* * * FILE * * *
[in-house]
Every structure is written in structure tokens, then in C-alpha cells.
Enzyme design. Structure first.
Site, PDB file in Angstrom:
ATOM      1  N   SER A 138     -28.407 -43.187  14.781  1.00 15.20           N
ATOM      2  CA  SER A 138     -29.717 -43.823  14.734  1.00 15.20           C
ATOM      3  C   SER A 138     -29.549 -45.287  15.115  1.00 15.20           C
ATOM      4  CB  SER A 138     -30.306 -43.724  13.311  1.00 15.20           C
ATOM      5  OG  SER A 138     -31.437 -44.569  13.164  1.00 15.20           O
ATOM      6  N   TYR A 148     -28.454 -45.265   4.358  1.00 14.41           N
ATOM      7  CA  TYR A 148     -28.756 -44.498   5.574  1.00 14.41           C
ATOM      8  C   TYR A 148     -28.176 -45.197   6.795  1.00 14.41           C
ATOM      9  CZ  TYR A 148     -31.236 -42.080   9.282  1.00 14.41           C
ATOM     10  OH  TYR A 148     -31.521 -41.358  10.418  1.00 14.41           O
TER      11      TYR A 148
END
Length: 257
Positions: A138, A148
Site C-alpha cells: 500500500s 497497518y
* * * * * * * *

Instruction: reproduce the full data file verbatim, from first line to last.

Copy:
[in-house]
Every structure is written in structure tokens, then in C-alpha cells.
Enzyme design. Structure first.
Site, PDB file in Angstrom:
ATOM      1  N   SER A 138     -28.407 -43.187  14.781  1.00 15.20           N
ATOM      2  CA  SER A 138     -29.717 -43.823  14.734  1.00 15.20           C
ATOM      3  C   SER A 138     -29.549 -45.287  15.115  1.00 15.20           C
ATOM      4  CB  SER A 138     -30.306 -43.724  13.311  1.00 15.20           C
ATOM      5  OG  SER A 138     -31.437 -44.569  13.164  1.00 15.20           O
ATOM      6  N   TYR A 148     -28.454 -45.265   4.358  1.00 14.41           N
ATOM      7  CA  TYR A 148     -28.756 -44.498   5.574  1.00 14.41           C
ATOM      8  C   TYR A 148     -28.176 -45.197   6.795  1.00 14.41           C
ATOM      9  CZ  TYR A 148     -31.236 -42.080   9.282  1.00 14.41           C
ATOM     10  OH  TYR A 148     -31.521 -41.358  10.418  1.00 14.41           O
TER      11      TYR A 148
END
Length: 257
Positions: A138, A148
Site C-alpha cells: 500500500s 497497518y